LONDON Horse meat found in beef burgers sold by Tesco was condemned by the Prime Minister on Wednesday and was likely to prove both embarrassing and costly for the firm.
"People in our country will have been very concerned to read this morning that when they thought they were buying beef burgers they were buying something that had horse meat in it," said Prime Minister David Cameron in Parliament.
"This is a completely unacceptable state of affairs," he said, calling for an urgent investigation by Britain's Food Standards Agency.
The scandal comes just a week after Chief Executive Philip Clarke said Tesco was "back on form" in Britain after beating analysts' forecasts for Christmas sales. Tesco had hailed a successful relaunch of its meat ranges as a contributing factor to its strongest sales growth in three years.
Shares in Britain's biggest retailer fell as much as 1.7 percent on Wednesday, knocking 480 million pounds off its market value, reacting to news late Tuesday that the Food Safety Authority of Ireland (FSAI) had found horse DNA in beef burger products sold by Tesco in the UK and Ireland.
The FSAI said beef burgers sold at Dunnes Stores, Lidl, Aldi and Iceland were also discovered to contain horse DNA.
It said most of the affected burgers contained very low levels of horse DNA, but in one Tesco sample horse meat accounted for about 29 percent relative to the beef content.
Analysts said the news, emblazoned across the front pages of British and Irish newspapers on Wednesday and prompting an outbreak of horse jokes at Tesco's expense on Twitter, e-mail and texts, was a public relations blow for Tesco.
"The news is likely to, at least temporarily, reduce consumers' trust in the quality of Tesco's products which is unhelpful at a time when Tesco is trying to rebuild customers' trust in the quality underpinning Tesco own label and Everyday Value products," said Espirito Santo Investment Bank analyst Caroline Gulliver.
"It is going to be damaging (to sales), there's no doubt about that," said another analyst who declined to be named.
Last Thursday Tesco said a 1 billion pound turnaround plan for its home market was starting to work.
Clarke said the improvement reflected a series of initiatives, including a complete relaunch of fresh meat ranges.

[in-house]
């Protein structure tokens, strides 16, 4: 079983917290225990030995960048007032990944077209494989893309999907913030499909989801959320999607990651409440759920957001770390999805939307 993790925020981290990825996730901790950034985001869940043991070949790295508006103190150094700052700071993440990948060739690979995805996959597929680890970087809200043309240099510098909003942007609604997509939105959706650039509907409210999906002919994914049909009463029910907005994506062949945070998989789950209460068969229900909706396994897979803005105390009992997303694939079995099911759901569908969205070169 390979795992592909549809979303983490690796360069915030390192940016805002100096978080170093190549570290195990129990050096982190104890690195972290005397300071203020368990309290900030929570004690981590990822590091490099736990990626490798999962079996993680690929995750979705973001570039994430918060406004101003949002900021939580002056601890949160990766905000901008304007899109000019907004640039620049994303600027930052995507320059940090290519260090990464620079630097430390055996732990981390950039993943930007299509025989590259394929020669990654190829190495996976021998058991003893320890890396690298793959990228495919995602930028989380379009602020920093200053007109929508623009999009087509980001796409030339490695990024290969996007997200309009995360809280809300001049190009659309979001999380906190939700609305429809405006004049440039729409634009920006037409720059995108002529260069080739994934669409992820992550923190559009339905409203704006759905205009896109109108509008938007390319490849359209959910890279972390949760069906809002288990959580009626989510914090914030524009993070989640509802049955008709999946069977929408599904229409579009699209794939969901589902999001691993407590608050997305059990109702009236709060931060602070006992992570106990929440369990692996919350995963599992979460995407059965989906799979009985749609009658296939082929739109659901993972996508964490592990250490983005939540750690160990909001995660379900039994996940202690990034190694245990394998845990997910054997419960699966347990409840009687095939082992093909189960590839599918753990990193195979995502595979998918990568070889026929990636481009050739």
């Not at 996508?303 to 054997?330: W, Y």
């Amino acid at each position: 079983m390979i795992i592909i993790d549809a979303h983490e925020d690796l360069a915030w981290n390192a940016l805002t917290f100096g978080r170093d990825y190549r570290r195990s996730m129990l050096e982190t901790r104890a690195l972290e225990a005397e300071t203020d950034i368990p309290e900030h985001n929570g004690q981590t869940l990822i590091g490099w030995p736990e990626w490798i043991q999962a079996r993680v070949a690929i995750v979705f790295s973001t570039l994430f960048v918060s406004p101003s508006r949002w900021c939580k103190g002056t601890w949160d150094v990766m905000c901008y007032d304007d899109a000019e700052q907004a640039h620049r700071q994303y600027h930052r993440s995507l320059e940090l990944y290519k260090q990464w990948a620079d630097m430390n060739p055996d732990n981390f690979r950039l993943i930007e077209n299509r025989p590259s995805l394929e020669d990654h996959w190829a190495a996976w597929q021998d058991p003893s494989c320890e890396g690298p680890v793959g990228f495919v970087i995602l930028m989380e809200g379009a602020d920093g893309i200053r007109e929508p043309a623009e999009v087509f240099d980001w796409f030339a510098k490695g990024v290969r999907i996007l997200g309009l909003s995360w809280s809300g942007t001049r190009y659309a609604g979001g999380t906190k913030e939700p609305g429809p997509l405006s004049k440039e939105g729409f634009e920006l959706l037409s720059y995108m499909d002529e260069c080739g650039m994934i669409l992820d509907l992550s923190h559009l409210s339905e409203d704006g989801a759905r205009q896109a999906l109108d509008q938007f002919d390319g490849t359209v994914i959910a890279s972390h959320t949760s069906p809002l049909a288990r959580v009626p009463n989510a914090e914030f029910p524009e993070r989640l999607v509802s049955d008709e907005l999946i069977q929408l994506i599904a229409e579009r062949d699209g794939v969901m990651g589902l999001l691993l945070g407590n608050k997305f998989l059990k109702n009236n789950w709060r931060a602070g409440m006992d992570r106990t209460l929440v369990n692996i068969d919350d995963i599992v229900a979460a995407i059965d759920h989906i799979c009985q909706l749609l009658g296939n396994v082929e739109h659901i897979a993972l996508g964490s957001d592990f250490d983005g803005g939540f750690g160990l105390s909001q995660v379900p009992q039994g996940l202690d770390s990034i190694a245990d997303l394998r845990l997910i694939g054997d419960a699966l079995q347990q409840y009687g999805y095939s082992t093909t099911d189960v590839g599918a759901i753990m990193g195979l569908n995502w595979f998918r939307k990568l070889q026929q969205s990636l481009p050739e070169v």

The beef burger products which tested positive for horse DNA were produced by Liffey Meats and Silvercrest Foods in Ireland and Dalepak Hambleton in Britain.
Tesco immediately withdrew from sale all products from its supplier, Silvercrest, which is owned by ABP Food Group, saying it was working with authorities and the supplier to urgently understand how horse meat came to be in the product.
"The presence of illegal meat in our products is extremely serious," Tim Smith, Tesco's group technical director said.
"We understand that many of our customers will be concerned by this news, and we apologise sincerely for any distress."
Food safety experts say horse meat poses no added health risks to consumers.
However, the FSAI said the issue raises concerns about the traceability of meat ingredients.
"In Ireland it is not our culture to eat horsemeat and therefore, we do not expect to find it in a burger," said FSAI Chief Executive Alan Reilly.
Tim Lang, a professor of food policy at City University London, said the issue "does raise deep concerns.".
"Firstly, is it fraud? No label declared the horsemeat or traces of pig DNA. Secondly, it appears to be adulteration, a cheaper meat being substituted for a more expensive one.
"Thirdly, and probably most importantly, this exposes failings in commercial food governance. Big retailers are supposedly in control of the food system, yet their management and contracts and specifications have been found wanting."
ABP Foods said the source of the contamination was a beef based product bought from two third party suppliers outside of Ireland.
"What we understood we were buying is not what was actually received," ABP CEO Paul Finnerty, told Irish broadcaster RTE.
(Reporting by James Davey, additional reporting by Kate Kelland and Conor Humphries in Dublin; Editing by Elaine Hardcastle)